Courts Legislation Amendment Bill 2007



About this Item
SpeakersSmith Mr Greg; Collier Mr Barry
BusinessBill, Message, Agreement in Principle, Passing of the Bill, Motion


COURTS LEGISLATION AMENDMENT BILL 2007
Page: 3451

Agreement in Principle

Debate resumed from 19 October 2007.Debate resumed from 19 October 2007.

Mr GREG SMITH (Epping) [10.40 a.m.]: The Opposition does not oppose this legislation. A number of Acts are amended by this bill. The amendment to the Administrative Decisions Tribunal Act 1997 will allow a document signed by the parties to be admitted as evidence of an agreement or arrangement reached during a mediation session. It is a sensible amendment. The Civil Procedure Act, which I think we will hear more of as the term of Parliament continues, has created some problems, but the amendments suggested to it and its application to the Land and Environment Court legislation seem appropriate. The amendments to the Confiscation of Proceeds of Crime Act 1989 seem reasonable. There are also amendments to the Coroners Act, the District Court Act, the Land and Environment Court Act, the Local Courts Act and the Supreme Court Act.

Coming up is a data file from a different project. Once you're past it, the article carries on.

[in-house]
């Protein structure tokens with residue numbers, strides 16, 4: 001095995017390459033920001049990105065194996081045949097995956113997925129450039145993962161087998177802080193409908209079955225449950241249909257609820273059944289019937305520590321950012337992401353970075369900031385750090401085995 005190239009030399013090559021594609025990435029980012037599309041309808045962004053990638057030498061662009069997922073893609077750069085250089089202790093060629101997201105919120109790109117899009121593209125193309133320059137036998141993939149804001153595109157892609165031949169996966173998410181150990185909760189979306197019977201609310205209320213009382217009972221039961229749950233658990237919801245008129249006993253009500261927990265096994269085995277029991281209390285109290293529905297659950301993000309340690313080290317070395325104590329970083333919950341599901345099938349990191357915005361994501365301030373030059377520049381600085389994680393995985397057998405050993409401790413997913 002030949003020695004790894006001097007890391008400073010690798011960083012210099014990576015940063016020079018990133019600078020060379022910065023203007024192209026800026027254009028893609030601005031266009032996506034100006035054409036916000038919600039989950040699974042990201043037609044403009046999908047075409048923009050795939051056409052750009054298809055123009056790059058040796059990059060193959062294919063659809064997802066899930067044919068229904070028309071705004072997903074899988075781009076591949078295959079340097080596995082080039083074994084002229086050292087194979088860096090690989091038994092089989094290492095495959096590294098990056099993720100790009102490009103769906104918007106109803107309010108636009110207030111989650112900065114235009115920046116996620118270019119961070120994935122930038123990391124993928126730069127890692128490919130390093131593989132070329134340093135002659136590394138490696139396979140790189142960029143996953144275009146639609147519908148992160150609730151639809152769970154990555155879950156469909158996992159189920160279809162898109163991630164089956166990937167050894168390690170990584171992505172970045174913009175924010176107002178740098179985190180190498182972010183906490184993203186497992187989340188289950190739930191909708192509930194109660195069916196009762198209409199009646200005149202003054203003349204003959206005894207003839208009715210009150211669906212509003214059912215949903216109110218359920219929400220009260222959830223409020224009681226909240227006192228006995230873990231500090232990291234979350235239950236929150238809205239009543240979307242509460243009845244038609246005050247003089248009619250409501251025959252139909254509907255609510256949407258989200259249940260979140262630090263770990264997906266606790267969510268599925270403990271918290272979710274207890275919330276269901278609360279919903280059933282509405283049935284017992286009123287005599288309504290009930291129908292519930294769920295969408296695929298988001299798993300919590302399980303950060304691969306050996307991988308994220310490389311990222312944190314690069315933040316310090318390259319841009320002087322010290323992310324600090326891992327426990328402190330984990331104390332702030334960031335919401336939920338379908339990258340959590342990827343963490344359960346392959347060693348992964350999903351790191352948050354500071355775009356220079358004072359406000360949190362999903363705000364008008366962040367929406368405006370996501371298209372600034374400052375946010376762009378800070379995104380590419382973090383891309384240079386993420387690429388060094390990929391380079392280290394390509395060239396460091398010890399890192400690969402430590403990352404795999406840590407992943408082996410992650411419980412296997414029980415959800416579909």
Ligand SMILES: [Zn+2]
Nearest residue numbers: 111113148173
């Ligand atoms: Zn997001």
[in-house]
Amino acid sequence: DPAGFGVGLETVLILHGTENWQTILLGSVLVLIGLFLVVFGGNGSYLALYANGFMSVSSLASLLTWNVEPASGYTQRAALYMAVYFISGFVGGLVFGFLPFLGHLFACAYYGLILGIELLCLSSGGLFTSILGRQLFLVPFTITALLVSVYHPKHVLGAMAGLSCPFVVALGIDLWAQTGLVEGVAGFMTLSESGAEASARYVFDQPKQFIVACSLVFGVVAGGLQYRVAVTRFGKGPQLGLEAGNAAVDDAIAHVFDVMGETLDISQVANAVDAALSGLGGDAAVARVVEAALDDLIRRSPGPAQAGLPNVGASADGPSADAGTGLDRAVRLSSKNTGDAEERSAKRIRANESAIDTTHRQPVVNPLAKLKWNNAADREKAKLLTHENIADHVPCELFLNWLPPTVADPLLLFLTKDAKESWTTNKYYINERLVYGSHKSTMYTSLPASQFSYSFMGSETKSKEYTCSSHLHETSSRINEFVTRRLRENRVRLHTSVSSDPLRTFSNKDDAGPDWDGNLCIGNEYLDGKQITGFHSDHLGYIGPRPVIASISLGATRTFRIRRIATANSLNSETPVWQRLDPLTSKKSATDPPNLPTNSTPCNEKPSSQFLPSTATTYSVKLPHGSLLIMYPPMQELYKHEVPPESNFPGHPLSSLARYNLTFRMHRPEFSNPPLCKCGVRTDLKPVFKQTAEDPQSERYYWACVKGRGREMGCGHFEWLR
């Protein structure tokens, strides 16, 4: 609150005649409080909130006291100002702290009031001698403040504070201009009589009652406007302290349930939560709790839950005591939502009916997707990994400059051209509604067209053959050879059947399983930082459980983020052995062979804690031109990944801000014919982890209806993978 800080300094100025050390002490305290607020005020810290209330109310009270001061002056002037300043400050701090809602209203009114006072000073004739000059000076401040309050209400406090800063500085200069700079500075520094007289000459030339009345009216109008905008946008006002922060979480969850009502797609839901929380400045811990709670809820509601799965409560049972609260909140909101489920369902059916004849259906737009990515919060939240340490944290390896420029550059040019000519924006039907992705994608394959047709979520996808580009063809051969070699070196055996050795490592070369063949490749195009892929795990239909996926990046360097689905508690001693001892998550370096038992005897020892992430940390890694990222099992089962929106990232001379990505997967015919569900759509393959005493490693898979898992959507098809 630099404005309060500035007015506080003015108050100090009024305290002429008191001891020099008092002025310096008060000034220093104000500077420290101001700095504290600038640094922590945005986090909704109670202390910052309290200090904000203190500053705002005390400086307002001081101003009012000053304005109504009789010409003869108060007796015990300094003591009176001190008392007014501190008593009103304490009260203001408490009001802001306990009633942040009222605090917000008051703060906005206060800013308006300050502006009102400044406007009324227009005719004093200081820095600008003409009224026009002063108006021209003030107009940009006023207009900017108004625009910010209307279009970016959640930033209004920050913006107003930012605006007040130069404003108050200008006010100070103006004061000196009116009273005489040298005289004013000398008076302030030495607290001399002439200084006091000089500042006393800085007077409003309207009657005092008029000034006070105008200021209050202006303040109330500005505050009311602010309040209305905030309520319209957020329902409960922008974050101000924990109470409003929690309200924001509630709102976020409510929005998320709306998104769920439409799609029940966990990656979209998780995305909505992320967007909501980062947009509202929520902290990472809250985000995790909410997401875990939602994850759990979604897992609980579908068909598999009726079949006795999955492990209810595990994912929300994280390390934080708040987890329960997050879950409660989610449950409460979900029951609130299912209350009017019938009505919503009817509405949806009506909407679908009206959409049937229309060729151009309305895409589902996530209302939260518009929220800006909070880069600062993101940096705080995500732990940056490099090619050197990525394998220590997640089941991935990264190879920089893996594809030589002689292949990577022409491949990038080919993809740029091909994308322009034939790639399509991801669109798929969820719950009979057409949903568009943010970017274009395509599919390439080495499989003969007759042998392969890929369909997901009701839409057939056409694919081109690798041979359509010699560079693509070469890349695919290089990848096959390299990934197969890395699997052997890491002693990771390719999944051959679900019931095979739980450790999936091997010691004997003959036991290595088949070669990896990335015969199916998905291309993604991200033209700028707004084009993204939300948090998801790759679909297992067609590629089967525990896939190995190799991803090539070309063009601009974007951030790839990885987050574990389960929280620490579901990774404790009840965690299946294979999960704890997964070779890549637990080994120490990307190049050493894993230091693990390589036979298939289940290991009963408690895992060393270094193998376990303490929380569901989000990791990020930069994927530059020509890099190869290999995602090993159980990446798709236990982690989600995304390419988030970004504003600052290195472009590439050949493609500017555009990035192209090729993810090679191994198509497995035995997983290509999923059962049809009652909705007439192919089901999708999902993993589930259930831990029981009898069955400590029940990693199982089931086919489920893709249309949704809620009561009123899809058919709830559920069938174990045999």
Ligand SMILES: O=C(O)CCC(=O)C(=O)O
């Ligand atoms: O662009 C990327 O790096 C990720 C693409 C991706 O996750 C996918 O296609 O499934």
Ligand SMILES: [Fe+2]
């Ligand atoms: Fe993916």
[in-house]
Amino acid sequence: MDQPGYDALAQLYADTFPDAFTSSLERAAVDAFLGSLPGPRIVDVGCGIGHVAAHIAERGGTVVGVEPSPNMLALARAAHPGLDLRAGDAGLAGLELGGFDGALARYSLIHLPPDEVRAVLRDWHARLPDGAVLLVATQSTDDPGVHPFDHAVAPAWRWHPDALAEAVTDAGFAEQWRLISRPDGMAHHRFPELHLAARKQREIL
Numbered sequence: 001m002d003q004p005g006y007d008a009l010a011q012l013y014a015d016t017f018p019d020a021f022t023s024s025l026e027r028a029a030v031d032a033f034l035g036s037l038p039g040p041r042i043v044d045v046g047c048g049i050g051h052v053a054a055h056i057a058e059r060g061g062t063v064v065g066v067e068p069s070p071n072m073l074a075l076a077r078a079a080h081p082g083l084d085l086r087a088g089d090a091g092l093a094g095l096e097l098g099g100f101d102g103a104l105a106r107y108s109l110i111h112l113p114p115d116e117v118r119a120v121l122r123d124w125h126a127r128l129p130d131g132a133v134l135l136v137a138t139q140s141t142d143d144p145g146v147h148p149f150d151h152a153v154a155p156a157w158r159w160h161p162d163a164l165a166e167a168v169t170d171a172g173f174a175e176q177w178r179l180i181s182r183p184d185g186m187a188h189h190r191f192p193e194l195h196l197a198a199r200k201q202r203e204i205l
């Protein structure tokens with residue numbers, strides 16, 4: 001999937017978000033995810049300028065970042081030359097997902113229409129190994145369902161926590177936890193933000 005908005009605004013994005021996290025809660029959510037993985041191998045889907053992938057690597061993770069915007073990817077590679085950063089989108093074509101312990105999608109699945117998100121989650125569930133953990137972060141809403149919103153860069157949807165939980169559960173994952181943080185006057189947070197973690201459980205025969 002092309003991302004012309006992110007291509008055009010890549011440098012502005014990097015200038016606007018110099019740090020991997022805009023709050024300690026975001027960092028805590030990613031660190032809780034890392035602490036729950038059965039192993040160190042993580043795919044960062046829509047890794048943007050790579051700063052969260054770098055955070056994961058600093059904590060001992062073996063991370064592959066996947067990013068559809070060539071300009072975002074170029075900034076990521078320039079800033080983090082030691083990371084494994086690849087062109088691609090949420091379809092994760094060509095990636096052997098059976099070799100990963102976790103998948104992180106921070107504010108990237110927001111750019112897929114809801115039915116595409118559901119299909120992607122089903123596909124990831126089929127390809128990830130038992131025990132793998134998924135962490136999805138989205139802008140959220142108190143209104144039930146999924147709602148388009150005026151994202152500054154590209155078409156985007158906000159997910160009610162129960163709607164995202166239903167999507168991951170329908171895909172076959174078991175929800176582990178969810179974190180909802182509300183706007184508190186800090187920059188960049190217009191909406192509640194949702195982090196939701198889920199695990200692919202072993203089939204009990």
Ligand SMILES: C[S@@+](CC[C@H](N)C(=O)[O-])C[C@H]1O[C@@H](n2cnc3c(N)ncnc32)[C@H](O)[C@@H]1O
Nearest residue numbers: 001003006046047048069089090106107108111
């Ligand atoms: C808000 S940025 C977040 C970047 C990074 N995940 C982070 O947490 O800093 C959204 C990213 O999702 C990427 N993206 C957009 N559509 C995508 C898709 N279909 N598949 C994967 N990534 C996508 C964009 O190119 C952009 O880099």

I am interested in the amendments to the Coroners Act. Section 54A of that Act currently allows the State Coroner to use any of his or her powers as State Coroner to assist the coroner of another State or Territory to investigate a death, suspected death, fire or explosion. This will be expanded and revised by a new section 54A which will allow, first, the State Coroner to request in writing the assistance of a person holding a corresponding office in another State or Territory, or a coroner in another State or Territory in connection with the exercise of any power under the Act and, second, the State Coroner may assist a person holding a corresponding office in another State or Territory or a coroner in another State or Territory in connection with the exercise of the power under the law of that State or Territory at the written request of that person.

This type of legislation is most important where we have transnational crime and in cases such as the murder of Donald Mackay in the late 1970s or early 1980s. In that case there was evidence of activity in Victoria in relation to his death. The alleged hitman and the man who was ultimately convicted, James Frederick Bazley, was convicted of conspiracy to murder Donald Mackay because the trial was held in Victoria, although it is believed he was murdered at Griffith after being taken from the parking lot of a hotel in Griffith. There was other evidence of activity in New South Wales. Ultimately, this type of legislation was used in the form of an extradition Act in the taking of evidence against Robert Trimboli, who at the time had been apprehended in Ireland. The Victorian Chief Coroner at the time, Mr Dugan, took evidence in Melbourne, Sydney and Griffith, and I was involved in that.